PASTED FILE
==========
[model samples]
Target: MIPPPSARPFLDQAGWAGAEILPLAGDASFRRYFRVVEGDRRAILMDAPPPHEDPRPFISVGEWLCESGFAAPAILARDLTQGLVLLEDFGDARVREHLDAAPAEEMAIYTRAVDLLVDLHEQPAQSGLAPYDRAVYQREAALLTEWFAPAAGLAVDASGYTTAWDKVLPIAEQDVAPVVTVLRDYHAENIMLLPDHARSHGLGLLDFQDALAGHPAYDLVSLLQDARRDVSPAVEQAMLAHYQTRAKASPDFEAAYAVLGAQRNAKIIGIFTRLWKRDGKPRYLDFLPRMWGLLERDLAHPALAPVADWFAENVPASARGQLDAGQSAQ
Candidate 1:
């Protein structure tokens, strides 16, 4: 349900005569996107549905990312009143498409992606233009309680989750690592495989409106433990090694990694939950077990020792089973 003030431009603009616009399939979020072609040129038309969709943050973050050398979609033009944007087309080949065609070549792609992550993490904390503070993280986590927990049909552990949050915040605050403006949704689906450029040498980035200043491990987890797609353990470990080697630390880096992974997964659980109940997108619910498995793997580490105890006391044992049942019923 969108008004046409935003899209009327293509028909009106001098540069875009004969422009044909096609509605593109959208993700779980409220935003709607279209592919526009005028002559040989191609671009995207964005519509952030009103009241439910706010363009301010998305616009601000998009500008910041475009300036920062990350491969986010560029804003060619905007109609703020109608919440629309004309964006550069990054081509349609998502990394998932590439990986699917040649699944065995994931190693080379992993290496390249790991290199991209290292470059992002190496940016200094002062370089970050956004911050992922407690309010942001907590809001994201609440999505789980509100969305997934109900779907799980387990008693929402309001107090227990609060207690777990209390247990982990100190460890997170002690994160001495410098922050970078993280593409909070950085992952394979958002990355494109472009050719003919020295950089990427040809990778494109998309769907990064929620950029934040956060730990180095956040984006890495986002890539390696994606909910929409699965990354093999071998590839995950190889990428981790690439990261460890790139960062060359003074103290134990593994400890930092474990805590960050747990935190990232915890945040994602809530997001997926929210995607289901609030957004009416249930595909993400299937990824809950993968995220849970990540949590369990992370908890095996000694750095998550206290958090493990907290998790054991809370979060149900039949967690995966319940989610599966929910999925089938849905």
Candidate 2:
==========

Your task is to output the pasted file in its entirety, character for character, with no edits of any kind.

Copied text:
[model samples]
Target: MIPPPSARPFLDQAGWAGAEILPLAGDASFRRYFRVVEGDRRAILMDAPPPHEDPRPFISVGEWLCESGFAAPAILARDLTQGLVLLEDFGDARVREHLDAAPAEEMAIYTRAVDLLVDLHEQPAQSGLAPYDRAVYQREAALLTEWFAPAAGLAVDASGYTTAWDKVLPIAEQDVAPVVTVLRDYHAENIMLLPDHARSHGLGLLDFQDALAGHPAYDLVSLLQDARRDVSPAVEQAMLAHYQTRAKASPDFEAAYAVLGAQRNAKIIGIFTRLWKRDGKPRYLDFLPRMWGLLERDLAHPALAPVADWFAENVPASARGQLDAGQSAQ
Candidate 1:
């Protein structure tokens, strides 16, 4: 349900005569996107549905990312009143498409992606233009309680989750690592495989409106433990090694990694939950077990020792089973 003030431009603009616009399939979020072609040129038309969709943050973050050398979609033009944007087309080949065609070549792609992550993490904390503070993280986590927990049909552990949050915040605050403006949704689906450029040498980035200043491990987890797609353990470990080697630390880096992974997964659980109940997108619910498995793997580490105890006391044992049942019923 969108008004046409935003899209009327293509028909009106001098540069875009004969422009044909096609509605593109959208993700779980409220935003709607279209592919526009005028002559040989191609671009995207964005519509952030009103009241439910706010363009301010998305616009601000998009500008910041475009300036920062990350491969986010560029804003060619905007109609703020109608919440629309004309964006550069990054081509349609998502990394998932590439990986699917040649699944065995994931190693080379992993290496390249790991290199991209290292470059992002190496940016200094002062370089970050956004911050992922407690309010942001907590809001994201609440999505789980509100969305997934109900779907799980387990008693929402309001107090227990609060207690777990209390247990982990100190460890997170002690994160001495410098922050970078993280593409909070950085992952394979958002990355494109472009050719003919020295950089990427040809990778494109998309769907990064929620950029934040956060730990180095956040984006890495986002890539390696994606909910929409699965990354093999071998590839995950190889990428981790690439990261460890790139960062060359003074103290134990593994400890930092474990805590960050747990935190990232915890945040994602809530997001997926929210995607289901609030957004009416249930595909993400299937990824809950993968995220849970990540949590369990992370908890095996000694750095998550206290958090493990907290998790054991809370979060149900039949967690995966319940989610599966929910999925089938849905």
Candidate 2: